When you’re looking for information on a topic, your first instinct is probably to search the catalog. What do you do if everything on that subject is checked out, or you just can’t find what you’re looking for?
The online resources that are available to (pretty much) all Pima County Public Library card holders anywhere and anyone using a computer in the library can fill in the gaps that print materials leave, whether they’re unavailable or just not there (BTW, you can requestopens a new window anything you think would be useful to yourself and the community, but it might not always be prompt or available).
In the meantime, do you have a requirement for non-googleable results, or want something that is more reliable than Wikipedia? These could be good for you:
For general research on a topic, try Academic OneFileopens a new window. This is where you can find analytical essays and news/magazine articles about your topic.
Looking for the story of particular people or families? Have a look at Ancestry Library Editionopens a new window (only available in the library), HeritageQuestopens a new window, and Genealogy Connectopens a new window. They not only have records and family collections, but books and other materials about certain groups and time periods. You can even go on the Arizona Genealogyopens a new window site and find birth and death certificates from over a century ago.
After non-family-specific primary sources? Things like newspapers and court decisions, are easily accessible via the Arizona Digital Newspaper Programopens a new window, or Chronicling Americaopens a new window (the Library of Congress' historic digital newspaper collection).
If you're searching for general information about a specific, person, place, or event in history, or if you're looking for a catch-all that will give you a really pretty, easily navigable subject page about your topic, you want to start with the In Context series. Biography In Contextopens a new window, World History In Contextopens a new window, and US History In Contextopens a new window are all identical in the way they present their information, but might give you different results as you search them. This is where you will find entries from specialized encyclopedias alongside research journals, news articles, video and audio recordings, photos and other images, primary sources, and various other information types to use.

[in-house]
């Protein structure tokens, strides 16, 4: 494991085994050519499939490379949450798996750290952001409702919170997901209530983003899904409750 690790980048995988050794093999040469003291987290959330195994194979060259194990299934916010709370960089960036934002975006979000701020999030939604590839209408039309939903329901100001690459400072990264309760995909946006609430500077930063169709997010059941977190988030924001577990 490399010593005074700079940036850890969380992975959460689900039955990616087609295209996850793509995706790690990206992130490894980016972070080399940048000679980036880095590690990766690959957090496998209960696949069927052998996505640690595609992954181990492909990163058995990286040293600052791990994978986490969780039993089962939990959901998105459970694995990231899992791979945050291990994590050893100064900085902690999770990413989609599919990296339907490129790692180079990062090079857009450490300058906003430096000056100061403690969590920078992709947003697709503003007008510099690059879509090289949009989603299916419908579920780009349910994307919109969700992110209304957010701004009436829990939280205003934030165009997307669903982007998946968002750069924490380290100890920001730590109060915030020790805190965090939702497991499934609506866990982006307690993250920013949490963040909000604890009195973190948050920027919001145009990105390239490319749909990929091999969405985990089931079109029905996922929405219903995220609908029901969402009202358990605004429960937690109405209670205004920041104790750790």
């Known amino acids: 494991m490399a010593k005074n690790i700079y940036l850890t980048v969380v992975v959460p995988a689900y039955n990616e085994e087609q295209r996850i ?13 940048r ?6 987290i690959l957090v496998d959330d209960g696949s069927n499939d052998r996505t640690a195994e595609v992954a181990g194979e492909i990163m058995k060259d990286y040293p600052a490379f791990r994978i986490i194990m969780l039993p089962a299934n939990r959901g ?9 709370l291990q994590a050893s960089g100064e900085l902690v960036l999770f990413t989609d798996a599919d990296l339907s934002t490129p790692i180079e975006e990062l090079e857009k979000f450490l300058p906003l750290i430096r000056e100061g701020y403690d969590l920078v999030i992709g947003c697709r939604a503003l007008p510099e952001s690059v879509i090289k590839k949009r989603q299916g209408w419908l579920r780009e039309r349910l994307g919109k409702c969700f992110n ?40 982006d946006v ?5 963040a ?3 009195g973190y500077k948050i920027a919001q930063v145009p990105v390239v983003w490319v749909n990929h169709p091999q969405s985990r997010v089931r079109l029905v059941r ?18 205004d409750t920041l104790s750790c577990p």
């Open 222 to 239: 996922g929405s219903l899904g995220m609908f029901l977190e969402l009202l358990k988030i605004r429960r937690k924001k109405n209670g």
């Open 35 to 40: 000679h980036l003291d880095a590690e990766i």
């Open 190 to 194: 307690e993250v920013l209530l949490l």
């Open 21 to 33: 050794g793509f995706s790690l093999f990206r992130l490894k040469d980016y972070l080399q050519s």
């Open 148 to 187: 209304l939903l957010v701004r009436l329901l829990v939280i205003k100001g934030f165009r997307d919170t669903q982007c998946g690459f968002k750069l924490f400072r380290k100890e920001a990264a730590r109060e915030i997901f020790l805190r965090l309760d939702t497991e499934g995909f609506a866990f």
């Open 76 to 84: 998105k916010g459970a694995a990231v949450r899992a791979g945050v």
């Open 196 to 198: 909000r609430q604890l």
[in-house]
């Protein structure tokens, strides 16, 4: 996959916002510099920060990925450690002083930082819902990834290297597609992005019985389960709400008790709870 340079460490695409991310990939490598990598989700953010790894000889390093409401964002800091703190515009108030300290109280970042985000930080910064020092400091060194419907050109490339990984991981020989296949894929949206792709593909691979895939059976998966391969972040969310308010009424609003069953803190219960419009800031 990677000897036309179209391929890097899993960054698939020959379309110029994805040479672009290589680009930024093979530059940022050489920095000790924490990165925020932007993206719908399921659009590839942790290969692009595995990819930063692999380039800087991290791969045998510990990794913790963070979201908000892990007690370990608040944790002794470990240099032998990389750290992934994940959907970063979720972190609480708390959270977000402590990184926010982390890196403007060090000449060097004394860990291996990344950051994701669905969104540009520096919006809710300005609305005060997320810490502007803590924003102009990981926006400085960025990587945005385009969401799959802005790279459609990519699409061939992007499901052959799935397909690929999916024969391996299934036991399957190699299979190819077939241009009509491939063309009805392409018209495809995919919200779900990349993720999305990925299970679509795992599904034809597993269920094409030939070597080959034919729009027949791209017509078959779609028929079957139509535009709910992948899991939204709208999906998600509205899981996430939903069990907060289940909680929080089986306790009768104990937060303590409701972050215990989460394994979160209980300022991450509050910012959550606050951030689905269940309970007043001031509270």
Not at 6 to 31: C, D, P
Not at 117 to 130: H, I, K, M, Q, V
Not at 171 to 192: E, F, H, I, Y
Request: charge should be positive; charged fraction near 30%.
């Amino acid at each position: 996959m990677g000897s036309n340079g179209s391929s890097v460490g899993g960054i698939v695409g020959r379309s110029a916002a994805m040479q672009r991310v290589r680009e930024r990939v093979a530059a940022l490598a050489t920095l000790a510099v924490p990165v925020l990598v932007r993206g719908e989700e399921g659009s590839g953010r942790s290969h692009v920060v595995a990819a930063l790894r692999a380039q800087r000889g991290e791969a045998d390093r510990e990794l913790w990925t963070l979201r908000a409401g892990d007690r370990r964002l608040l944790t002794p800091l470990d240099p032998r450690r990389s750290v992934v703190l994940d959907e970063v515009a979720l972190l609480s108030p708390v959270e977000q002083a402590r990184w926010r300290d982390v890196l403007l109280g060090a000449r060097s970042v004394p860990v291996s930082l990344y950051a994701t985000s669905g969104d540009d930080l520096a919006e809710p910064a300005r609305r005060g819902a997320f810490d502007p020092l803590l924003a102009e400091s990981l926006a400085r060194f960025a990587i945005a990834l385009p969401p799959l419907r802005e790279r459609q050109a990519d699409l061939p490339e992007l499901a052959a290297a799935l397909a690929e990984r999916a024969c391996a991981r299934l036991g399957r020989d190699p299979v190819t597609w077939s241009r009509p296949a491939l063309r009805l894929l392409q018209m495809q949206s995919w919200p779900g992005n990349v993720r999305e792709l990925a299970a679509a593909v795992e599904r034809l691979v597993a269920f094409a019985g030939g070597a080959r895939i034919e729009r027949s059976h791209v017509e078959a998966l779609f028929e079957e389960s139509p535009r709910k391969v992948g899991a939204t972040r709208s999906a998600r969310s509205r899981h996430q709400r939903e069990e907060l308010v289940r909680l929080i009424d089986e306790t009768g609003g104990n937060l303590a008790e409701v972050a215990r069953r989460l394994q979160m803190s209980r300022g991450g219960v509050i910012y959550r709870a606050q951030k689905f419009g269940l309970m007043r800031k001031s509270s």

Need videos? Try out both IndieFlixopens a new window and Kanopy. IndieFlix boasts a catalog of hundreds of films from 3 minutes to 3 hours, some independent, some from major film companies. You can find documentaries and classic films there. Kanopy similarly features a large catalog of independent, international, and documentary films, including some of PBS's more familiar series and one-off documentary features. Unfortunately, this is not where you go if you're looking for Sherlock or Midsomer Murders. You'll have to check those out on DVD (or find Midsomer and more on AcornTVopens a new window).
A few more places to pop into:
Culture Gramsopens a new window is a catch-all place for information about individual countries, American states, and Canadian provinces. Check there if you're looking for a national anthem or holiday traditions.
Melton’s Encyclopedia of American Religionsopens a new window is a specialized encyclopedia that opens your eyes to way more than you thought you knew. And if you want to know more, check out the World Religions Reference Libraryopens a new window.
The World War II Reference Libraryopens a new window, produced by the same publishers, is a very detailed, searchable resource for finding tons of information about the war in both theaters, including the lead-up to it and its aftermath.
Still not sure what you're looking for? Check out the complete E-Libraryopens a new window to see for yourself what options you have available to you.
Questions? Call Infoline at 520 791 4010, or contact Ask A Librarian!
What do you want to know? Any tips you’d like to share? Let us know in the comments what you’d like to see in future installments!
And if you haven’t, check out our previous tips of the weekopens a new window!